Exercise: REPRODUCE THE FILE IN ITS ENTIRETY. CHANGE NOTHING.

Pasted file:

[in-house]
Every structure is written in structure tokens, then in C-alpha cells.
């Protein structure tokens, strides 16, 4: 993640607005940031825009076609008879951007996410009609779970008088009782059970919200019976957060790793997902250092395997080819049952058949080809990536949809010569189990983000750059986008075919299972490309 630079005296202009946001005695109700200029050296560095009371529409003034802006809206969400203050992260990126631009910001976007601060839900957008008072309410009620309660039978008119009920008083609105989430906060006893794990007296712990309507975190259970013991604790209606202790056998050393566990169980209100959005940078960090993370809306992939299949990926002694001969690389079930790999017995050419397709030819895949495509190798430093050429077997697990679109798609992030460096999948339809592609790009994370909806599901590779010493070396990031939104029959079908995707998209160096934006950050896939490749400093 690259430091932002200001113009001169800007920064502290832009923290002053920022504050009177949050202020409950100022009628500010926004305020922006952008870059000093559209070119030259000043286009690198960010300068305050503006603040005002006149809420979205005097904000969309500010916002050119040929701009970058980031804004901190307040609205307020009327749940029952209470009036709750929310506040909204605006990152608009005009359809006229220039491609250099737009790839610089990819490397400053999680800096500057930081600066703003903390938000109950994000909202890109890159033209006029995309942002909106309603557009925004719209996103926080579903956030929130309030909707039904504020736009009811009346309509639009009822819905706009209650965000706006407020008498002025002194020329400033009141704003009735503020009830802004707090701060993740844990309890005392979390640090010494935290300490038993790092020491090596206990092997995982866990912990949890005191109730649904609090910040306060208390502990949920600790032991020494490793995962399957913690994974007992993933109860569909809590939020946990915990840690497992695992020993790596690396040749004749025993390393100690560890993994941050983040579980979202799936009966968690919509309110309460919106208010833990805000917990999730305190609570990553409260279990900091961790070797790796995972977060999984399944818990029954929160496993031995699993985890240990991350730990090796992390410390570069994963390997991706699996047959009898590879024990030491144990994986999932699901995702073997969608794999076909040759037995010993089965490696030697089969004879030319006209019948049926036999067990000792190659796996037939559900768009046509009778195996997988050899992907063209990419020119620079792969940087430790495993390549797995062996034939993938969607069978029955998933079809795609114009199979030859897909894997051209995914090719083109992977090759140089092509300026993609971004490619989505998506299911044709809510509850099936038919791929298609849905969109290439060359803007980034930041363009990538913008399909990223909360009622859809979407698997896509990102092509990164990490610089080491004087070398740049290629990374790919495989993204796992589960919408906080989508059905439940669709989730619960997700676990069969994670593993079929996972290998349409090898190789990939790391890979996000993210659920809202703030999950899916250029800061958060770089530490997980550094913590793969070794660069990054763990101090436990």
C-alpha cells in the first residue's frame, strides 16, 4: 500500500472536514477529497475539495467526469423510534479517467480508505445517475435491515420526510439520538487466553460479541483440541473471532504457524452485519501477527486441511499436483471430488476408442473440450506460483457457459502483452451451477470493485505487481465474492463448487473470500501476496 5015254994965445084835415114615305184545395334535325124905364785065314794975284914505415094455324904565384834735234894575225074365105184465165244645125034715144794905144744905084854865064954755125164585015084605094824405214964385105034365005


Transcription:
[in-house]
Every structure is written in structure tokens, then in C-alpha cells.
């Protein structure tokens, strides 16, 4: 993640607005940031825009076609008879951007996410009609779970008088009782059970919200019976957060790793997902250092395997080819049952058949080809990536949809010569189990983000750059986008075919299972490309 630079005296202009946001005695109700200029050296560095009371529409003034802006809206969400203050992260990126631009910001976007601060839900957008008072309410009620309660039978008119009920008083609105989430906060006893794990007296712990309507975190259970013991604790209606202790056998050393566990169980209100959005940078960090993370809306992939299949990926002694001969690389079930790999017995050419397709030819895949495509190798430093050429077997697990679109798609992030460096999948339809592609790009994370909806599901590779010493070396990031939104029959079908995707998209160096934006950050896939490749400093 690259430091932002200001113009001169800007920064502290832009923290002053920022504050009177949050202020409950100022009628500010926004305020922006952008870059000093559209070119030259000043286009690198960010300068305050503006603040005002006149809420979205005097904000969309500010916002050119040929701009970058980031804004901190307040609205307020009327749940029952209470009036709750929310506040909204605006990152608009005009359809006229220039491609250099737009790839610089990819490397400053999680800096500057930081600066703003903390938000109950994000909202890109890159033209006029995309942002909106309603557009925004719209996103926080579903956030929130309030909707039904504020736009009811009346309509639009009822819905706009209650965000706006407020008498002025002194020329400033009141704003009735503020009830802004707090701060993740844990309890005392979390640090010494935290300490038993790092020491090596206990092997995982866990912990949890005191109730649904609090910040306060208390502990949920600790032991020494490793995962399957913690994974007992993933109860569909809590939020946990915990840690497992695992020993790596690396040749004749025993390393100690560890993994941050983040579980979202799936009966968690919509309110309460919106208010833990805000917990999730305190609570990553409260279990900091961790070797790796995972977060999984399944818990029954929160496993031995699993985890240990991350730990090796992390410390570069994963390997991706699996047959009898590879024990030491144990994986999932699901995702073997969608794999076909040759037995010993089965490696030697089969004879030319006209019948049926036999067990000792190659796996037939559900768009046509009778195996997988050899992907063209990419020119620079792969940087430790495993390549797995062996034939993938969607069978029955998933079809795609114009199979030859897909894997051209995914090719083109992977090759140089092509300026993609971004490619989505998506299911044709809510509850099936038919791929298609849905969109290439060359803007980034930041363009990538913008399909990223909360009622859809979407698997896509990102092509990164990490610089080491004087070398740049290629990374790919495989993204796992589960919408906080989508059905439940669709989730619960997700676990069969994670593993079929996972290998349409090898190789990939790391890979996000993210659920809202703030999950899916250029800061958060770089530490997980550094913590793969070794660069990054763990101090436990």
C-alpha cells in the first residue's frame, strides 16, 4: 500500500472536514477529497475539495467526469423510534479517467480508505445517475435491515420526510439520538487466553460479541483440541473471532504457524452485519501477527486441511499436483471430488476408442473440450506460483457457459502483452451451477470493485505487481465474492463448487473470500501476496 5015254994965445084835415114615305184545395334535325124905364785065314794975284914505415094455324904565384834735234894575225074365105184465165244645125034715144794905144744905084854865064954755125164585015084605094824405214964385105034365005